Trade deficit widens
The country's trade deficit widened moderately in the first nine months of the ongoing fiscal due to higher import growth, which is a sign that the economy is gradually recovering from its depressed state of affairs.
Between July and March, the trade deficit, which occurs when imports outweigh exports, stood at $14.49 billion, up 20.02 per cent year-on-year, data from Bangladesh Bank showed.
During the period, imports increased six per cent from that of a year ago to $42.76 billion while exports went up 0.06 per cent to $28.27 billion.
"Expanding the trade deficit is a good phenomenon for Bangladesh as the economy is largely as an import-driven one," said Mustafizur Rahman, a distinguished fellow of the Centre for Policy Dialogue.
Major imported items of industrial raw materials have increased in recent months, which has already given a boost to the export sector as well, he added.
Imports of dyeing and tanning materials increased 8.54 per cent year-on-year to $615 million in the first nine months of this fiscal year.
Imports of yarn also rose 1.61 per cent to $1.52 billion, but staple fibre declined 17.25 per cent to $733 million.
Rahman said that imports of food grains also surged during the period, putting a positive impact on the overall import payments as well.
Import of the item stood at $1.9 billion in the first nine months, an increase of 41 per cent year-on-year.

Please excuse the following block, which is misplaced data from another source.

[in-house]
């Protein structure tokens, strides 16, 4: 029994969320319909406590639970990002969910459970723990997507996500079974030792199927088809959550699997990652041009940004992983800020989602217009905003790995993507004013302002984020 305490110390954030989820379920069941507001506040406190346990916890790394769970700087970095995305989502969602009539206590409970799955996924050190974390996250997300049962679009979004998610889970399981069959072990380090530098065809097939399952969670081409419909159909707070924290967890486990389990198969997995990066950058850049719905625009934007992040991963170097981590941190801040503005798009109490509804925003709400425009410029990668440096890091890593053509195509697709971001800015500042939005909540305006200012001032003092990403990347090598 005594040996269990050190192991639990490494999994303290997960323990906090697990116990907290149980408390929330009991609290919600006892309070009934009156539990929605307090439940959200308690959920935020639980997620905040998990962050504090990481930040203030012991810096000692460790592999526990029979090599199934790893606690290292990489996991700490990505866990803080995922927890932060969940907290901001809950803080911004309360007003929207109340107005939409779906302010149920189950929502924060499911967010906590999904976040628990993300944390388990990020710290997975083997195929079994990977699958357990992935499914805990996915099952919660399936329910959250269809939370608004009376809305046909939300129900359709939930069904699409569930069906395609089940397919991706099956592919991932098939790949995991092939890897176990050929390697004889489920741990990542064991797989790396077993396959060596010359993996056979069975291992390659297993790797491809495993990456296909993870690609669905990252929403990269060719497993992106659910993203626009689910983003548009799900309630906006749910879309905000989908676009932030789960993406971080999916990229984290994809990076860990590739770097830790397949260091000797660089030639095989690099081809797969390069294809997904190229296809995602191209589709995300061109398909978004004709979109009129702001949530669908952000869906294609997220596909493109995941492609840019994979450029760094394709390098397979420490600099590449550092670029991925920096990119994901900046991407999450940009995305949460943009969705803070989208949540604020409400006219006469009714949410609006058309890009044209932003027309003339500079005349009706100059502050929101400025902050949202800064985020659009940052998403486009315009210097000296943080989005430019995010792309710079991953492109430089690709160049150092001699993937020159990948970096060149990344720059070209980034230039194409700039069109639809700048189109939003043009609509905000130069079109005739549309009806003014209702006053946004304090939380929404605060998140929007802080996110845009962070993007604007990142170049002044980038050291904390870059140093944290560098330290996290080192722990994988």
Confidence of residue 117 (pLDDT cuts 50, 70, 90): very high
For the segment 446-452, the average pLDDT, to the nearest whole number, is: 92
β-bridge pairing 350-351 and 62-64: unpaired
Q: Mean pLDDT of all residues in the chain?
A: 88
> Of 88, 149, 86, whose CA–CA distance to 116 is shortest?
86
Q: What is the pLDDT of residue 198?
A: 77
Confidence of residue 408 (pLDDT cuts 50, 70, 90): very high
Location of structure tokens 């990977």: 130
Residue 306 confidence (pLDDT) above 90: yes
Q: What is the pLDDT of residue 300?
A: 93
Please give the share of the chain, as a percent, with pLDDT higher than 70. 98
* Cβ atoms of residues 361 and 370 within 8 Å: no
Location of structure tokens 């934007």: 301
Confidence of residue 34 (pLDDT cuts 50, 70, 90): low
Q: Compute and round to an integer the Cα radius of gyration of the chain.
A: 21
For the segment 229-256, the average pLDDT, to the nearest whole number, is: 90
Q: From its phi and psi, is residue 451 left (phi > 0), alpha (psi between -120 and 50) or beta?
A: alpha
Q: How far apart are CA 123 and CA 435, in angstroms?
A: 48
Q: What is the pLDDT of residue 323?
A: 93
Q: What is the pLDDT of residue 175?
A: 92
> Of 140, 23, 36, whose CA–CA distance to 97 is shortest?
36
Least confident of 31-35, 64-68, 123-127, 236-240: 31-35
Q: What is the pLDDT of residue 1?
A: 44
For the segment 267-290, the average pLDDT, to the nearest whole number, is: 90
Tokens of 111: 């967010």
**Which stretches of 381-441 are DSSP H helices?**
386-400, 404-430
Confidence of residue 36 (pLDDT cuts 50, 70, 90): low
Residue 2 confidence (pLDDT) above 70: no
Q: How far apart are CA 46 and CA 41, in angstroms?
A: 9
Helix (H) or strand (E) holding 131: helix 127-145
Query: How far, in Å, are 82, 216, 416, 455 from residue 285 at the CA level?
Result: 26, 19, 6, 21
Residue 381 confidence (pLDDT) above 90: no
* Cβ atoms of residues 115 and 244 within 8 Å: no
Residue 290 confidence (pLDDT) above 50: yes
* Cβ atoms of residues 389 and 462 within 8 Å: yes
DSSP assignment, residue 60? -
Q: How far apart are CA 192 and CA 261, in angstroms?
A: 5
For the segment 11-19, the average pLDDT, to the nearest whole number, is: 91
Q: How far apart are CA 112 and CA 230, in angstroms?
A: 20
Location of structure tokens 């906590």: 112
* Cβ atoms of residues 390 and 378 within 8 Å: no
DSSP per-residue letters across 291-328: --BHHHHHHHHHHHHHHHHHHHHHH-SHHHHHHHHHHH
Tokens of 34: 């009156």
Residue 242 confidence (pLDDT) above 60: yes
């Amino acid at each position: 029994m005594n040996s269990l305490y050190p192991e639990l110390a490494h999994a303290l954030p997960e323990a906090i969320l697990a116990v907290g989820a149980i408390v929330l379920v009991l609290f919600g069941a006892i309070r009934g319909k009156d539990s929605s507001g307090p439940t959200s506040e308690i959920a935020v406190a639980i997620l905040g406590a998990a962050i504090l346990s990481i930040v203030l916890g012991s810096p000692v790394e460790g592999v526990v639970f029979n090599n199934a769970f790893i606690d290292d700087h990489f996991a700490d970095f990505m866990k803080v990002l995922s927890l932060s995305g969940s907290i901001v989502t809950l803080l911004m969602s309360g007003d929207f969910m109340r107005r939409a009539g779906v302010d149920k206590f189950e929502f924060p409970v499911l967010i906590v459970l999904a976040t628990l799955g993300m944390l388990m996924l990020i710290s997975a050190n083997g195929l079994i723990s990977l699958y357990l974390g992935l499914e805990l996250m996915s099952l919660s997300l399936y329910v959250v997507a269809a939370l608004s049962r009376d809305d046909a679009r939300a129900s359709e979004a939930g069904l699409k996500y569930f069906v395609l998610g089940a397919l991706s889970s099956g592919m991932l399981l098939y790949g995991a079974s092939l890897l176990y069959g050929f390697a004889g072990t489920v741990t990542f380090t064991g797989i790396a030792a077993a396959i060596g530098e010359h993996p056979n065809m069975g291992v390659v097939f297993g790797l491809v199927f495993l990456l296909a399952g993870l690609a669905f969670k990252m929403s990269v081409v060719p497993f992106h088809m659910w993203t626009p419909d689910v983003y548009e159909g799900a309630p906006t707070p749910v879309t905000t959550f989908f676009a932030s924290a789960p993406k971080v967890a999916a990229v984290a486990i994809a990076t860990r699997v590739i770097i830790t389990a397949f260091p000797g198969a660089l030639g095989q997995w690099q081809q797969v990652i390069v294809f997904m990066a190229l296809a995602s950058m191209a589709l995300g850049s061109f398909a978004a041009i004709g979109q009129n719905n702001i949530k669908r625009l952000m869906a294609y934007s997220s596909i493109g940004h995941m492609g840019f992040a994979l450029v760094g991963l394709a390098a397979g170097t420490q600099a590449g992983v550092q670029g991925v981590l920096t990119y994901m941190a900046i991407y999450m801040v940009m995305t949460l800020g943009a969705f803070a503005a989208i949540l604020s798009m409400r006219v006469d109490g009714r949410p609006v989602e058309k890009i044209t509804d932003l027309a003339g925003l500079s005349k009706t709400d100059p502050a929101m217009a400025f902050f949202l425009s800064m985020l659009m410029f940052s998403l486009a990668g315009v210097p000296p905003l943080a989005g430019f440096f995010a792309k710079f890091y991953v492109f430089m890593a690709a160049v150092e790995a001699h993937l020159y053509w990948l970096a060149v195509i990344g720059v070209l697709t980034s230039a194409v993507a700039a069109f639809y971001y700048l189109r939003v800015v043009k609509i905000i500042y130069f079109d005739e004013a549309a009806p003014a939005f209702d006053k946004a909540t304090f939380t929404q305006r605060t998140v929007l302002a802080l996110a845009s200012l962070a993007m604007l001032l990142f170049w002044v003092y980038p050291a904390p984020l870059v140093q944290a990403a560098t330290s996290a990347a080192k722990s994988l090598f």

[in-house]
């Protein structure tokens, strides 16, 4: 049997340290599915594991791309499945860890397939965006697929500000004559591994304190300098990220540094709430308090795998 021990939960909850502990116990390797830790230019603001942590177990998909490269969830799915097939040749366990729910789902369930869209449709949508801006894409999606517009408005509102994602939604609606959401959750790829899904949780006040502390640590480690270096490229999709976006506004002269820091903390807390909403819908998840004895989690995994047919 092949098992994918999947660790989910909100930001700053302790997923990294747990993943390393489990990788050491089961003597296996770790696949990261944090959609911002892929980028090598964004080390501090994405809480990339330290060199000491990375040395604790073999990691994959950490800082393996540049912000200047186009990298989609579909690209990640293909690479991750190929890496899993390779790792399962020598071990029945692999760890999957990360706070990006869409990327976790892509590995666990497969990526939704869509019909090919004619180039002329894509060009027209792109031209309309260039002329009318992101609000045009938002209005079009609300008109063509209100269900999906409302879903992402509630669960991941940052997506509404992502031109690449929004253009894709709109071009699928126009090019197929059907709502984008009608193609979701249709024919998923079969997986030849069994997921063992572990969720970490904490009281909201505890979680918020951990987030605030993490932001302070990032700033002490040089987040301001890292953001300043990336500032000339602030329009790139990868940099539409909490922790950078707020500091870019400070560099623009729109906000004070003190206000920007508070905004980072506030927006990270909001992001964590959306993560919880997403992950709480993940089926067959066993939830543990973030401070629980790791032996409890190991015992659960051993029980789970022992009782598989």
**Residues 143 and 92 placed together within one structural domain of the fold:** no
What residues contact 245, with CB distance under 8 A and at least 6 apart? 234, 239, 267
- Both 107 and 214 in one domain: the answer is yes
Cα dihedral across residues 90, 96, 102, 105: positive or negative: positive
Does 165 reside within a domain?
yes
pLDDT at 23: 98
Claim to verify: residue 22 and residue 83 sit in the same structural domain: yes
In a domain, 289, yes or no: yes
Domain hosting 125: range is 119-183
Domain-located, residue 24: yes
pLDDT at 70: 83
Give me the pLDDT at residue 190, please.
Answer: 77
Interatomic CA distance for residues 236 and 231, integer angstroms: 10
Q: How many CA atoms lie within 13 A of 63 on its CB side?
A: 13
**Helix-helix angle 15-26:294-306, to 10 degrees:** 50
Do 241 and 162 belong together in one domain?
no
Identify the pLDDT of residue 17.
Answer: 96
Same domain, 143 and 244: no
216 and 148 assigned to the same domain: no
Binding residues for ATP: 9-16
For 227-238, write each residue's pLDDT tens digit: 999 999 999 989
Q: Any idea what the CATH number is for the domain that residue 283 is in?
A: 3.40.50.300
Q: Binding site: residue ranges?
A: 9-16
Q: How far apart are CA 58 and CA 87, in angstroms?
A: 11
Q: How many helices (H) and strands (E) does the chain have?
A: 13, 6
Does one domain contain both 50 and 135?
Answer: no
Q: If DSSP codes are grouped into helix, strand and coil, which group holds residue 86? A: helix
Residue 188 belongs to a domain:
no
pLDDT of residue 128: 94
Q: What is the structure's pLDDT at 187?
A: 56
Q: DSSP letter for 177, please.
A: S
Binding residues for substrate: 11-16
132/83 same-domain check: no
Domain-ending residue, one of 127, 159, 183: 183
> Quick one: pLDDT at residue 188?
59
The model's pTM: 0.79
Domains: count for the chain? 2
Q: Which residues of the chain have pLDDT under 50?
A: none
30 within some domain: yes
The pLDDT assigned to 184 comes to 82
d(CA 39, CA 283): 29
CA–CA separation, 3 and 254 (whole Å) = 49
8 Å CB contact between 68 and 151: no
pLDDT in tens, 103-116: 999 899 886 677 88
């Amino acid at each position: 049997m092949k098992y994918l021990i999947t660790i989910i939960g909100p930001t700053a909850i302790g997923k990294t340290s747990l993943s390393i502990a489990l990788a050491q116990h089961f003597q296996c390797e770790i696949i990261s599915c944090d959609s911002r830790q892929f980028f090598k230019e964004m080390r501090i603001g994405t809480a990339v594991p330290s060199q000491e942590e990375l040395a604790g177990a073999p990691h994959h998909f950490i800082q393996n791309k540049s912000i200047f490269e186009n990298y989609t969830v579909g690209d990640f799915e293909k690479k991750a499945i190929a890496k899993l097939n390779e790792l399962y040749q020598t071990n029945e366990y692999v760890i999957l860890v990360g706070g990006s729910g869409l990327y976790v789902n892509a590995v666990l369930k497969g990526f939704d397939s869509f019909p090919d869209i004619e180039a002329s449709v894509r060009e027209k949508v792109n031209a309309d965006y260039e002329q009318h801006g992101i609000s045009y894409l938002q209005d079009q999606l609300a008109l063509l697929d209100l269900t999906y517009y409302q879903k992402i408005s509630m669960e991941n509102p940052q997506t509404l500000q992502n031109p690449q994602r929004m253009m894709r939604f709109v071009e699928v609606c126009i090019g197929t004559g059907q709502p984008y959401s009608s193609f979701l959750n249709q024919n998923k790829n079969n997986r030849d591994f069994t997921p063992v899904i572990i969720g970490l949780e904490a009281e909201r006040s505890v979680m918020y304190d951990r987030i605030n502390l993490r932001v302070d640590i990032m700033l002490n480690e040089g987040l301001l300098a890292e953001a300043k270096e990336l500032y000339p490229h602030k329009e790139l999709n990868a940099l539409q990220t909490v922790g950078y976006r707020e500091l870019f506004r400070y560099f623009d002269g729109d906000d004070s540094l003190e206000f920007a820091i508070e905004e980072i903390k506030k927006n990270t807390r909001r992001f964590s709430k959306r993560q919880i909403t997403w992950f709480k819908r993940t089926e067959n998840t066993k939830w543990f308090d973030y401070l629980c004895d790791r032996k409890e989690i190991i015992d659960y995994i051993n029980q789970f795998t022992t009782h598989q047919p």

Rahman went on to express a hope that both imports and exports would be on the rise in the months to come as the latest restrictions on public movement did not have a massive hit on the economy.
Economic activities are now almost in a normal situation, helping the majority of industries to keep their wheels turning, he said.
In addition, the country's major export destinations -- North America and Europe -- are showing a good performance in tackling the coronavirus pandemic, meaning that demand will increase more there.
Although the economy now turns around from the depressed condition, the pace of new investment is highly feeble given the frail import record of capital machinery.
Import of the key ingredient products for expansion of the investment sector contracted 13 per cent to $2.63 billion in the July-March period.
Ahsan H Mansur, executive director of the Policy Research Institute of Bangladesh, however said that the indicators of the central bank's balance of payment did not show too much of a positive indication.
"The economy is recovering slowly as per the previous projection. But, the time is yet to come to calculate the ongoing repercussion deriving from the ongoing restrictions on movement," he said.
The government should take a wide range of fiscal measures in its upcoming budget in order to protect the small and medium enterprises (SMEs) from the business slowdown, he said.
SMEs should be supported by taking fiscal measures as many of the enterprises have already been closed.
The government can even rebate a portion of their bank loans in order to protect them from the crisis, said Mansur, also a former economist of the International Monetary Fund.
If SMEs can get back their previous tempo, both employment and domestic demand will get an uptick, he said.
Syed Mahbubur Rahman, managing director of Mutual Trust Bank, said that import had started increasing since the first month of January, but it had faced hurdles from March once again.
"We are still in the pandemic and so, there are uncertainties for the economy," he said.